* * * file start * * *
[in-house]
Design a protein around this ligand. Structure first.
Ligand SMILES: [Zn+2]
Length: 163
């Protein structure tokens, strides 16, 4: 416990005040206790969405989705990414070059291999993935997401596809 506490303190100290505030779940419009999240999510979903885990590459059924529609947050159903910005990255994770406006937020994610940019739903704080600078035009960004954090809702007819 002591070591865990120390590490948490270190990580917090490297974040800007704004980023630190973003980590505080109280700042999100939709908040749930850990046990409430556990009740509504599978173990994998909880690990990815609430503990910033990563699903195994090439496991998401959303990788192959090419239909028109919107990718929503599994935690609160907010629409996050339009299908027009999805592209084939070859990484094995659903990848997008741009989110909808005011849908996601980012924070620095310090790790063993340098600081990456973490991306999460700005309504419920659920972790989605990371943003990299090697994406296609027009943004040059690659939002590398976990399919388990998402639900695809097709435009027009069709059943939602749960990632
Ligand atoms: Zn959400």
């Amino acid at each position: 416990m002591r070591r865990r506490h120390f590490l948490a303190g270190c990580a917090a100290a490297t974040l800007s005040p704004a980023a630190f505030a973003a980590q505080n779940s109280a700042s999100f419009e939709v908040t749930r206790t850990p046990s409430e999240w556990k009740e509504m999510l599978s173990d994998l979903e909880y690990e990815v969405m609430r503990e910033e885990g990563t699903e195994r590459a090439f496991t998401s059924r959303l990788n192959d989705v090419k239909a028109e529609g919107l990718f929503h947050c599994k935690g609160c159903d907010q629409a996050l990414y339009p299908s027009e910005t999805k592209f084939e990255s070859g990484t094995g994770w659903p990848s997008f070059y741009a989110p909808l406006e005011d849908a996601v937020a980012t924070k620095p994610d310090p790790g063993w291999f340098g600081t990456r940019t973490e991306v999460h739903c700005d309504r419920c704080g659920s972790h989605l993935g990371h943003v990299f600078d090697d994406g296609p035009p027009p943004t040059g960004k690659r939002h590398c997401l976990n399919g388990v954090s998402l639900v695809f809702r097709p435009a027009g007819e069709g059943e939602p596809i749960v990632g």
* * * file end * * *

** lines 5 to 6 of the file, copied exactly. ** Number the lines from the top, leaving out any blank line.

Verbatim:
């Protein structure tokens, strides 16, 4: 416990005040206790969405989705990414070059291999993935997401596809 506490303190100290505030779940419009999240999510979903885990590459059924529609947050159903910005990255994770406006937020994610940019739903704080600078035009960004954090809702007819 002591070591865990120390590490948490270190990580917090490297974040800007704004980023630190973003980590505080109280700042999100939709908040749930850990046990409430556990009740509504599978173990994998909880690990990815609430503990910033990563699903195994090439496991998401959303990788192959090419239909028109919107990718929503599994935690609160907010629409996050339009299908027009999805592209084939070859990484094995659903990848997008741009989110909808005011849908996601980012924070620095310090790790063993340098600081990456973490991306999460700005309504419920659920972790989605990371943003990299090697994406296609027009943004040059690659939002590398976990399919388990998402639900695809097709435009027009069709059943939602749960990632
Ligand atoms: Zn959400």